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Supporting Australian book creators
In Term 4 2016, SCIS invited 750 schools in Australia to participate in the Educational Lending Right (ELR) School Library Survey, which we manage on behalf of the Department of Communications and the Arts. We had a fantastic response to the survey, with over 360 participating schools. We’d like to give a big thank you to everyone who participated in this survey: to all school library, teaching and administrative staff that participated, and to all education departments, Catholic Education Offices, and library vendors that helped with the data extraction process.
The survey is part of the Australian Government’s ELR program that recompenses book creators for income lost as a result of having their work held in educational libraries. The survey determines estimated holdings of particular titles in Australian school libraries, which are then used as the basis for payments for registered book creators. ELR ensures that while their work remains freely accessible in libraries, book creators still receive an income — and can continue writing, illustrating, editing, and publishing great books for our school libraries.
ELR 2015–16 results
The results of the 2015–16 ELR survey are now available as part of the Public Lending Right (PLR) Committee’s Annual Report. The report identifies the top 10 highest scoring books in ELR 2015–16:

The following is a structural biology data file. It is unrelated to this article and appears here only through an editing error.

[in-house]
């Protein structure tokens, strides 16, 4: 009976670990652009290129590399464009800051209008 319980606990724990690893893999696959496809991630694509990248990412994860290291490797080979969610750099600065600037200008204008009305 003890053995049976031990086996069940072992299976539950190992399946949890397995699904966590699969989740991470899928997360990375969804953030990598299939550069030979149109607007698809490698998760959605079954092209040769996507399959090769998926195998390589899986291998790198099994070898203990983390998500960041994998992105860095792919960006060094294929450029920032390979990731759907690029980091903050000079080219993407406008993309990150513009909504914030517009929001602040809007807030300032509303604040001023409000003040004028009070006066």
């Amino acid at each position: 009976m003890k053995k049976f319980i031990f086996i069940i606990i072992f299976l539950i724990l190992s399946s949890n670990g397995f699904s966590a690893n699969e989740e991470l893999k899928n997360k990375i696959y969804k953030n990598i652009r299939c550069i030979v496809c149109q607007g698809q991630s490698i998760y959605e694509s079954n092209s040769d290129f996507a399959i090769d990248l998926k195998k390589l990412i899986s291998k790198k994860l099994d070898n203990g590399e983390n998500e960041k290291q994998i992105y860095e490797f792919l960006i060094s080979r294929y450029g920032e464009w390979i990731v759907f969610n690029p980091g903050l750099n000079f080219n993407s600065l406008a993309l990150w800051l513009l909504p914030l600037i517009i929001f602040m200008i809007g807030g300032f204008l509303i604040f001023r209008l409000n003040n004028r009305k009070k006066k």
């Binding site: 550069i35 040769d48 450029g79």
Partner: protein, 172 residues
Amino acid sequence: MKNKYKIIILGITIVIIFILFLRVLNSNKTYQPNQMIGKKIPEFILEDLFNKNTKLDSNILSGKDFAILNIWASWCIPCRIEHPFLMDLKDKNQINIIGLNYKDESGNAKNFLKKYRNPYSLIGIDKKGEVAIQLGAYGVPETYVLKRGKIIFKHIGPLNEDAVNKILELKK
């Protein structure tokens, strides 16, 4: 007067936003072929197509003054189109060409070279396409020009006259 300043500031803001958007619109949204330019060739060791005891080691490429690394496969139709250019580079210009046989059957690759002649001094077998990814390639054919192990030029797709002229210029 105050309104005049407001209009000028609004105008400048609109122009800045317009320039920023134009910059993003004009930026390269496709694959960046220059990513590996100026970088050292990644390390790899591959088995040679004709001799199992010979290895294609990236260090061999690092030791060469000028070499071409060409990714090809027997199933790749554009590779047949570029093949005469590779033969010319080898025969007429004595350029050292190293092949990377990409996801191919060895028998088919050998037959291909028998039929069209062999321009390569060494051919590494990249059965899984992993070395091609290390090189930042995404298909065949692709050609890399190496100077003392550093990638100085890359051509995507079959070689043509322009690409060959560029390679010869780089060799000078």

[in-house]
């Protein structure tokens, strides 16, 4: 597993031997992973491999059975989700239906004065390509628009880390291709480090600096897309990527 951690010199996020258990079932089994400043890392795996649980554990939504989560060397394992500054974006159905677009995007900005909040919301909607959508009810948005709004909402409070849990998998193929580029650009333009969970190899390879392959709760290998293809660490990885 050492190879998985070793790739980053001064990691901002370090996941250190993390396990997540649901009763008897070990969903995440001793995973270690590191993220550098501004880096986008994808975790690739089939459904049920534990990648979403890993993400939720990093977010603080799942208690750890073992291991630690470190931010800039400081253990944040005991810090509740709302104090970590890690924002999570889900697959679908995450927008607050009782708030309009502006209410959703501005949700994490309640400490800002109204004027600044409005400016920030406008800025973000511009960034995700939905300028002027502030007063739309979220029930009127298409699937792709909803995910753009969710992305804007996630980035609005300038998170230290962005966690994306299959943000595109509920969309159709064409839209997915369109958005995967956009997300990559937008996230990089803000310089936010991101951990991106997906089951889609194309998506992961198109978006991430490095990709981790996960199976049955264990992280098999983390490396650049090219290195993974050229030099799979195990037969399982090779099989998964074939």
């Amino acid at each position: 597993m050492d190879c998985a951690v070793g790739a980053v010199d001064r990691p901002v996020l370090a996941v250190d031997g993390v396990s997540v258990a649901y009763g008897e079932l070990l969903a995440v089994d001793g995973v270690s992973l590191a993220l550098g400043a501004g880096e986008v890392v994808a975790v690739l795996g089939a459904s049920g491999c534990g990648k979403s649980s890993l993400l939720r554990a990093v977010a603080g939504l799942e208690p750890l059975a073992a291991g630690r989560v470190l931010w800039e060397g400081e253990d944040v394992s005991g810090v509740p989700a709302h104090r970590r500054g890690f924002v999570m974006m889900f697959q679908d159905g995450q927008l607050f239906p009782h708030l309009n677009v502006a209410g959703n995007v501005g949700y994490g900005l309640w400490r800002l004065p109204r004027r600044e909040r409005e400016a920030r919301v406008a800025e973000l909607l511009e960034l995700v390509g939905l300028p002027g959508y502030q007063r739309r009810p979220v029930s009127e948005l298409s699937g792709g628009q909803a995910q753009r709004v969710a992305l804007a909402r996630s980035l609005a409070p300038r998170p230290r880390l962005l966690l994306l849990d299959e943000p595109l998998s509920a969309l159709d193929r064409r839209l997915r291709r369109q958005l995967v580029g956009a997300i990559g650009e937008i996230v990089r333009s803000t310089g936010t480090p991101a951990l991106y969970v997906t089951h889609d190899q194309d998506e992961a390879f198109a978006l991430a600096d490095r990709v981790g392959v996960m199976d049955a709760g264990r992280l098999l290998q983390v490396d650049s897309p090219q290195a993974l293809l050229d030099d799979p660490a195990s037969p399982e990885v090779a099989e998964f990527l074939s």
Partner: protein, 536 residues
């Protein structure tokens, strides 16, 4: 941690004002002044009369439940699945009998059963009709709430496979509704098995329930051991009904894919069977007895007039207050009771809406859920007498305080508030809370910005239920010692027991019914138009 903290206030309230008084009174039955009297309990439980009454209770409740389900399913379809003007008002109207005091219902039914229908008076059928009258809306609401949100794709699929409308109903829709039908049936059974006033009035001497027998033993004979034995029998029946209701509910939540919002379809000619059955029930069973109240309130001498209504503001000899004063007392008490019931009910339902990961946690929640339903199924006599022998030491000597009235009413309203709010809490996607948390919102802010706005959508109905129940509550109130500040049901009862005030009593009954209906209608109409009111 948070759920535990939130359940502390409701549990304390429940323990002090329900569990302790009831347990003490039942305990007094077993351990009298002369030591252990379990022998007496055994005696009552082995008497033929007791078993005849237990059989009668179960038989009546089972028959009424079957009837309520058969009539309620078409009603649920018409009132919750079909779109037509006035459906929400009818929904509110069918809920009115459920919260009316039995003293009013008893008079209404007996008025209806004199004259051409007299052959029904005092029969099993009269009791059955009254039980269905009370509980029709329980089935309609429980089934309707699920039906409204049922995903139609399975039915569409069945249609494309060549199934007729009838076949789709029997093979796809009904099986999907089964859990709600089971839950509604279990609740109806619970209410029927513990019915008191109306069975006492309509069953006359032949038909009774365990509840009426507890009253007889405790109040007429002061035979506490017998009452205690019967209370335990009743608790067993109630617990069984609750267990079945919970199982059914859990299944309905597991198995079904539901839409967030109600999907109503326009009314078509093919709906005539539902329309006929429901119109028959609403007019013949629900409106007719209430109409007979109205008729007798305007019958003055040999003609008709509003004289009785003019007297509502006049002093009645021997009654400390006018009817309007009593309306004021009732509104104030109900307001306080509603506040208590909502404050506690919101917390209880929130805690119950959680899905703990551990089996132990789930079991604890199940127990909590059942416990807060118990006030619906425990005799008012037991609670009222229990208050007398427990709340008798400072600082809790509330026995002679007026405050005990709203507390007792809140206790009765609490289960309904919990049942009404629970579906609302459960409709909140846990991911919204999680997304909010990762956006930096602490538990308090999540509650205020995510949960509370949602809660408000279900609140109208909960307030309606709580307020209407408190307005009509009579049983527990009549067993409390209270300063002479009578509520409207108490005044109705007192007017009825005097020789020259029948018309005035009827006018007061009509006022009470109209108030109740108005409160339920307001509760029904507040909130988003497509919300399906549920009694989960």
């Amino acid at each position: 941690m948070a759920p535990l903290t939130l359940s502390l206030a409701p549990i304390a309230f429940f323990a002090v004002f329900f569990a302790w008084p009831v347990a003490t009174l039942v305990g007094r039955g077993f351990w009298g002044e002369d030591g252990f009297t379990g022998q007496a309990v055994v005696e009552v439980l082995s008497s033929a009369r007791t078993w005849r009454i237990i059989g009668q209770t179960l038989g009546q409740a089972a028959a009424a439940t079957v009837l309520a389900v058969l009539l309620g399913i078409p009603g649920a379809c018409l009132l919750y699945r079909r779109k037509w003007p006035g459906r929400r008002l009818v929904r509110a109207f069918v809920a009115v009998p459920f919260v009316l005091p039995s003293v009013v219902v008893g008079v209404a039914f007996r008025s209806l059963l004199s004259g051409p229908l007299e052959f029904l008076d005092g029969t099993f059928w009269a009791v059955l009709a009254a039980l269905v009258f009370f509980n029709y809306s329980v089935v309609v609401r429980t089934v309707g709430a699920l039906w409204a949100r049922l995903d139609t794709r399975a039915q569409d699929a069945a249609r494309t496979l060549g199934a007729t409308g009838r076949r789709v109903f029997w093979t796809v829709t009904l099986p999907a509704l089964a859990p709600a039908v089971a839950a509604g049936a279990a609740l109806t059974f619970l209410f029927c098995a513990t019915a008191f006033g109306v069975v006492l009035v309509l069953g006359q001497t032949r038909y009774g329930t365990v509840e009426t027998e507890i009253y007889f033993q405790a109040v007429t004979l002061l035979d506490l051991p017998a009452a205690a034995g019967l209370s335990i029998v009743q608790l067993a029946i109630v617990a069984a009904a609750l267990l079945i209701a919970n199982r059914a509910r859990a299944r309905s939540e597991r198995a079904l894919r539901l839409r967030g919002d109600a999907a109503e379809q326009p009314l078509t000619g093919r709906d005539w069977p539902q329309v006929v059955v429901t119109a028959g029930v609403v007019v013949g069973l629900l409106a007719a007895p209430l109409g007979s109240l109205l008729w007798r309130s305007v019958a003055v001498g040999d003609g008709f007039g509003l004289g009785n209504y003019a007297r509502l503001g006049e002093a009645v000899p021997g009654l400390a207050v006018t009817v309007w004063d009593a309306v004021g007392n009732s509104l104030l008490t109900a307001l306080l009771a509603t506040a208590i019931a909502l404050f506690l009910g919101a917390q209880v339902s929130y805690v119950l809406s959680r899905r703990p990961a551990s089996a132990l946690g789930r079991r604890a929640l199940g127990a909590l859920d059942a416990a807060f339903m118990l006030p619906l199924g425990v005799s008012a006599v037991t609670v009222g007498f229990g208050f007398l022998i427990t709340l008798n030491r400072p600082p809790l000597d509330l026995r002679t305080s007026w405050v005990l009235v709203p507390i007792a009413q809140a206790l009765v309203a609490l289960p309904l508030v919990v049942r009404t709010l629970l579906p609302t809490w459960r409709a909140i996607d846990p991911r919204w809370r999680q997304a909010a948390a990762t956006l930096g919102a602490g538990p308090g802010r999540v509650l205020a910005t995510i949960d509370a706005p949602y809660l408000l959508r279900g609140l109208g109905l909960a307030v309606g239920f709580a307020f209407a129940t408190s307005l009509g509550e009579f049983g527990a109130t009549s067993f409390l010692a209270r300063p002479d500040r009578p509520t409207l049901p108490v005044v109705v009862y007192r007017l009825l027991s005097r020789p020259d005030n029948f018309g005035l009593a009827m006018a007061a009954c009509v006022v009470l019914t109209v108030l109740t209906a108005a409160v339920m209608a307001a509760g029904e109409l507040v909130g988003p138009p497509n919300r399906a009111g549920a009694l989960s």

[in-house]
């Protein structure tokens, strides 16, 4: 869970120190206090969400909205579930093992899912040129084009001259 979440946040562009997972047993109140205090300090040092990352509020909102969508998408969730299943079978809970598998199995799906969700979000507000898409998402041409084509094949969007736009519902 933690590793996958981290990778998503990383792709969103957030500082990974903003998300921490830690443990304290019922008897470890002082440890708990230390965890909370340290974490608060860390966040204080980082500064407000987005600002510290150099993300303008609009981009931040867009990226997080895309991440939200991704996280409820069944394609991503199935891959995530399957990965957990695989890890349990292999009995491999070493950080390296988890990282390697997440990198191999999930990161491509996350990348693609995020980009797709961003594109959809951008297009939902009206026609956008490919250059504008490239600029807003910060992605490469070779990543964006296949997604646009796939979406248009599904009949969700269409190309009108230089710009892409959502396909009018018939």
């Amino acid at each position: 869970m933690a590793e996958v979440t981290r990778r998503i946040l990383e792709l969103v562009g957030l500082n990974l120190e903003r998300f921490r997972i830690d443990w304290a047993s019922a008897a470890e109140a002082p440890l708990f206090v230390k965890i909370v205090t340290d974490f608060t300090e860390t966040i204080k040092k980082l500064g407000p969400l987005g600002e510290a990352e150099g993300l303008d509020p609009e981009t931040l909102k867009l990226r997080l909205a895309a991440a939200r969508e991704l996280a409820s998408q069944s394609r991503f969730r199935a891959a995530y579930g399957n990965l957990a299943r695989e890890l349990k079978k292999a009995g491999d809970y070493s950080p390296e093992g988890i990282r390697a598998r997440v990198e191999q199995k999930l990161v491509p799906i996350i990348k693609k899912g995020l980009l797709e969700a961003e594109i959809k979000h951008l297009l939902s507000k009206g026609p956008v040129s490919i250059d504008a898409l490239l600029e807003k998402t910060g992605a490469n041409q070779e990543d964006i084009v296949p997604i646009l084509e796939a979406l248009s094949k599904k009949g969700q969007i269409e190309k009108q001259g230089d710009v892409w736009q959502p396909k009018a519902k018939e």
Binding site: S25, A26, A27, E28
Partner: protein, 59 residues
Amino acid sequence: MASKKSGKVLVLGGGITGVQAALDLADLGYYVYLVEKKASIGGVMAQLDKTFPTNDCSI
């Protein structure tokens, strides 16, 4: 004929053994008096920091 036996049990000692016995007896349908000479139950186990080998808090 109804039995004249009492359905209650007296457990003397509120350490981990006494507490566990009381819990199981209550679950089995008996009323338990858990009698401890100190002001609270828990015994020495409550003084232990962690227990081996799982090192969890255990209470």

- Mem Fox, Possum Magic
- Emily Rodda, Rowan of Rin
- Mem Fox, Wilfrid Gordon McDonald Partridge
- Emily Rodda, The Forests of Silence
- Jeannie Baker, Where the Forest Meets the Sea
- Morris Gleitzman, Boy Overboard
- Robin Klein, Hating Alison Ashley
- John Marsden, Tomorrow, When the War Began
- Nadia Wheatley, My Place
- Jeannie Baker, Window
The lending rights programs are valuable initiatives that encourage the growth of the Australian writing and publishing industries.
What author Frances Watts says about ELR
As an author, the school library is the best way to connect with young readers. For many children — it was certainly the case for me — the library is where they first learn to love reading and literature, a place where they have ready access to quality Australian reading material (aided, crucially, by library and teaching staff). It is, indeed, their primary source of books. Of course, this means that many of our readers are not actually buying our books, and without an income authors and illustrators can’t afford to create. This is why the ELR scheme is so important and so worthwhile: by compensating book creators for the loss of sales, it enables us to continue to create — and it means children and teachers have access to many wonderful books.